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-   -   Tribulations of Upgrading Ubuntu from 16.04 LTS to 20.04 LTS (https://www.mersenneforum.org/showthread.php?t=26113)

EdH 2020-10-21 22:16

Tribulations of Upgrading Ubuntu from 16.04 LTS to 20.04 LTS
 
This will probably seem like a rant. Maybe it is! Maybe this will just be a funny story some day. . .

I have many machines that I decided to upgrade to 20.04 LTS (via 18.04 LTS) now that I can make openmpi and ecmpi run on Ubuntu 20.04

All my machines are run remotely. Except for some laptops and all-in-ones, they're headless and many are not in a real easy to reach location.

Of course, I did a few that are closer at hand before trying to upgrade the bulk, but that didn't save me. Here's a list of trouble spots:

NONE (well, mostly none) of my factoring programs work any more. I have to recompile and reinstall GMP, GMP-ECM, Msieve, YAFU, CADO-NFS, ecmpi and, of course, many of these have to be done in a particular order. But, worse yet, several wouldn't work with their original folders using make clean, etc. Nooo. . . I have to start fresh with a new folder with programs like YAFU and CADO-NFS. And, it's not because they're in UPPER case - ecmpi behaved that way, too.

Ah, but let's add in that after several successes, I found that the auto login for my headless remote machines was turned off, so my VNC connections no longer worked. At least my SSH sessions allowed me to remotely repair that BS.

But, wait! There's more! Some machines didn't make it past 18.04 because when they reset to complete the upgrade they decided they could no longer reach out to the Internet! I can reach them over the LAN, but that's where they stop. If I can't get them to upgrade to 20.04, they are going to be useless and I'll probably have to wipe them and put a new 20.04 install on them.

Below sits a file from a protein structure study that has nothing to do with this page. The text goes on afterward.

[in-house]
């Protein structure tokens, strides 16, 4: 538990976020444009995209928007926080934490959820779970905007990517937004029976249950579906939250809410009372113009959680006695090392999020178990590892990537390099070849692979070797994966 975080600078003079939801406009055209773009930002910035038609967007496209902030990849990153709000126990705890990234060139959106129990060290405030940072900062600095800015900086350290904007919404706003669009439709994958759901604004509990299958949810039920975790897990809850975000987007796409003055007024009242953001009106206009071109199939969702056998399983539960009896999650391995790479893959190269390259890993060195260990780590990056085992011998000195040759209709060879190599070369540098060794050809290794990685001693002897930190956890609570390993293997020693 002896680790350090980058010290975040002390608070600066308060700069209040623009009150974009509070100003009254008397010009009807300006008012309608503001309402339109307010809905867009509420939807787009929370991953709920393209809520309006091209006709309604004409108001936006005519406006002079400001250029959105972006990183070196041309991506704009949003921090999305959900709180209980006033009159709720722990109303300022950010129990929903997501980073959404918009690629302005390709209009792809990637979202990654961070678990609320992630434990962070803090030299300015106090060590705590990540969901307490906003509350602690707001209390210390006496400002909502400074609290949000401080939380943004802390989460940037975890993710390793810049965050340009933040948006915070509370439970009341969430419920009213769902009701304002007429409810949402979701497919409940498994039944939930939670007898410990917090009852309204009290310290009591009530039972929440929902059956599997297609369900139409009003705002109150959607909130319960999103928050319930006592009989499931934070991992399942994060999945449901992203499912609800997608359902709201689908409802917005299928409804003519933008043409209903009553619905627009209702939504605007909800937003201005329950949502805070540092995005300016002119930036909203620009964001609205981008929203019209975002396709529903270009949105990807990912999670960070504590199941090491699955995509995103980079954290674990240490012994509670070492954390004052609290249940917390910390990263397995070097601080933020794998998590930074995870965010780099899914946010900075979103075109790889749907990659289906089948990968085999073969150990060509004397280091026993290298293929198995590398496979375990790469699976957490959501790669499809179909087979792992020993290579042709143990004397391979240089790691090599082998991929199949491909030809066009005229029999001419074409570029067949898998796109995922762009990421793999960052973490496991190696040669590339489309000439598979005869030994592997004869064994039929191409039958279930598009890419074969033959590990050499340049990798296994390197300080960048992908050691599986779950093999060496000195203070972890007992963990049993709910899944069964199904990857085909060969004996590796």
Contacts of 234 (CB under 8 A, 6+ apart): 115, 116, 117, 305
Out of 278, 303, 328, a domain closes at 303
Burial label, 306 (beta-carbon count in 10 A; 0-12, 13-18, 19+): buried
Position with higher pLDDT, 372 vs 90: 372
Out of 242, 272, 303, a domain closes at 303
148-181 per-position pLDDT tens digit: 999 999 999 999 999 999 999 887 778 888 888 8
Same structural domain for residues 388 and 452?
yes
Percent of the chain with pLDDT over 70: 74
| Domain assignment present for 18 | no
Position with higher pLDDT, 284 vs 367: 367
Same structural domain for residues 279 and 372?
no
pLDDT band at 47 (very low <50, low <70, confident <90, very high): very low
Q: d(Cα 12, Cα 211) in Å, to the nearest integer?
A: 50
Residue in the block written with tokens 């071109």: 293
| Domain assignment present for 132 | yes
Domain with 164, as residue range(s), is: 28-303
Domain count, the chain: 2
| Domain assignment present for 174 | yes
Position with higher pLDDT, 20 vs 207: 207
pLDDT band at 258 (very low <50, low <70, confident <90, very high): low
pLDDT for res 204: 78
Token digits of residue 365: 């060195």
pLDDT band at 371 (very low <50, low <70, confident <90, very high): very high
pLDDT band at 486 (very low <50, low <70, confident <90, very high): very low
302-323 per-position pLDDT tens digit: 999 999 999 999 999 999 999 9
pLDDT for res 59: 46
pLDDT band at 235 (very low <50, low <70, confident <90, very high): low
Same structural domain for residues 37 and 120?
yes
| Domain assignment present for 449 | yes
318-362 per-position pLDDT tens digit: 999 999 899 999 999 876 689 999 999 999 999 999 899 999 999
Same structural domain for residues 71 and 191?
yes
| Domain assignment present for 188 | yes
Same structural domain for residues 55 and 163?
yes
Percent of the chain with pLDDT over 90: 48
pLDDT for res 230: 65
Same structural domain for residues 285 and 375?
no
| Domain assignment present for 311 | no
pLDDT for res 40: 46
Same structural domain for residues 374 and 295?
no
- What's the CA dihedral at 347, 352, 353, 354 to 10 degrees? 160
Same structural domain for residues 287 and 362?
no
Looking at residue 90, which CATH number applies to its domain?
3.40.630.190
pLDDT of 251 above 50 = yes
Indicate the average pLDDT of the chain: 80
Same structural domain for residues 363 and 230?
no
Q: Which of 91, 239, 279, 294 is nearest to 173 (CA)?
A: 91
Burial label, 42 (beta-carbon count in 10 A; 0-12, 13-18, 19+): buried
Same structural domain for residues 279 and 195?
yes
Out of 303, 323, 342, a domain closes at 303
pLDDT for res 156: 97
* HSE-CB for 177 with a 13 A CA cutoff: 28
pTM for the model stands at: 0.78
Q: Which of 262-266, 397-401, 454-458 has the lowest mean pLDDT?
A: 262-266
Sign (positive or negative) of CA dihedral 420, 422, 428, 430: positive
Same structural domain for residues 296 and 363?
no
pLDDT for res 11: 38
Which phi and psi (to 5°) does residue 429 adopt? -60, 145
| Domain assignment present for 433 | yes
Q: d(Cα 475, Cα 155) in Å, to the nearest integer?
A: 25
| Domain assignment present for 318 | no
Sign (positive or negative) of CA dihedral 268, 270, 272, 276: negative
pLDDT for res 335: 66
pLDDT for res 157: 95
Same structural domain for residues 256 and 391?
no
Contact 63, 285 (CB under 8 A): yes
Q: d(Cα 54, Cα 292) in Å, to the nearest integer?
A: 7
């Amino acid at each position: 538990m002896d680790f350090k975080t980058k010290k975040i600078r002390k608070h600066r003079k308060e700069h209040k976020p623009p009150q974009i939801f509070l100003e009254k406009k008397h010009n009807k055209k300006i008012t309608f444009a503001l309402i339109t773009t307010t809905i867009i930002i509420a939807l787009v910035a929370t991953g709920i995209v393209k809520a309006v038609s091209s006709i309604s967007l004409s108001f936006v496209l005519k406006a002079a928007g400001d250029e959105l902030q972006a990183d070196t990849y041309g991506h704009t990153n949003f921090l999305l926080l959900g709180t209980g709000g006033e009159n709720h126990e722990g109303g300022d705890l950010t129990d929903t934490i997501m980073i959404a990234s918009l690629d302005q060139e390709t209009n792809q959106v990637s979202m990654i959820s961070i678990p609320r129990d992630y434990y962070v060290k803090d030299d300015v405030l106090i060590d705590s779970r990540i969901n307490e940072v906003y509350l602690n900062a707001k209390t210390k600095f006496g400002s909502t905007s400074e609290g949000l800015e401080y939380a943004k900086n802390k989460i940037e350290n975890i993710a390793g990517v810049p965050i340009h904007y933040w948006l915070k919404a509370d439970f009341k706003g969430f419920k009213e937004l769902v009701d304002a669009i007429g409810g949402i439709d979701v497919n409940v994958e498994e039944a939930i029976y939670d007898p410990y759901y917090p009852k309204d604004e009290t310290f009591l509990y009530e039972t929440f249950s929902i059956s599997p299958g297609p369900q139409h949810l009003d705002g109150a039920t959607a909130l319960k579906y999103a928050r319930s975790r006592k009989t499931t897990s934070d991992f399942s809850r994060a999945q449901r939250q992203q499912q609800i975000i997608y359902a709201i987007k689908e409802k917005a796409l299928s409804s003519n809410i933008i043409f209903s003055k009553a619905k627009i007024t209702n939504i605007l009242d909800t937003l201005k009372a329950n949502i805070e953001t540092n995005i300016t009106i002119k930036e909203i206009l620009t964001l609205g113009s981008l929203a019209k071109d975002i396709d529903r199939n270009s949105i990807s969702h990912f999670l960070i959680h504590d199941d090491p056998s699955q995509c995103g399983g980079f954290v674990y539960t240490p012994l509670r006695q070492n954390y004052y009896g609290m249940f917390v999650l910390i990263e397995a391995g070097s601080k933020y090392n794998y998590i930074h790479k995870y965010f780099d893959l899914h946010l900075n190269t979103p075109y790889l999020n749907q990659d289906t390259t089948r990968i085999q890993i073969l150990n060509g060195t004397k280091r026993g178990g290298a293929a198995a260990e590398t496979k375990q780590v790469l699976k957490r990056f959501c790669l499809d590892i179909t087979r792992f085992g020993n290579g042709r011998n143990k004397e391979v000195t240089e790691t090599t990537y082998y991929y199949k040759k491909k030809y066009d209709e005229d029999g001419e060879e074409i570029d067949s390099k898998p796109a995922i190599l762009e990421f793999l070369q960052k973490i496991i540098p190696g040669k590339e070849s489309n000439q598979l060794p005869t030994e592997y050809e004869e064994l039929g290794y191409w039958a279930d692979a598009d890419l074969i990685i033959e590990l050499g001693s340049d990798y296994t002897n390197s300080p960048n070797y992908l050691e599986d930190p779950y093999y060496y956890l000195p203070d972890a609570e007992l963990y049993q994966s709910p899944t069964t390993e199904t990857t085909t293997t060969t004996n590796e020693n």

But, wait! Also, the 20.04 upgrade changes the "Don't Suspend" to "Suspend in 20 minutes!" Guess how I found that out! Did I mention my machines are uncomfortable to physically access?

Back to the LAN-Locked 18.04 machines: If anyone is still reading, if they actually looked at this tread in the first place, any ideas? All my machines are set up with static IPs, but for these I went back and forth with DHCP and Static just to see if they might iron themselves out, but no joy. I also tried different DNS addresses between the router base and Google's 8.8.8.8 and 1.1.1.1 that I heard of somewhere. In case it matters, the title bar icon shows it is not working correctly by placing a question mark version where the dual arrows used to appear. I can ping the router and 8.8.8.8 or 1.1.1.1, but not other IPs or DNS entries.

If anyone has any thoughts about the Internet issue, I wouldn't mind reading them. I "think" I have all the rest under control, even if it is going to take a long time to get these machines factoring again.

paulunderwood 2020-10-21 22:33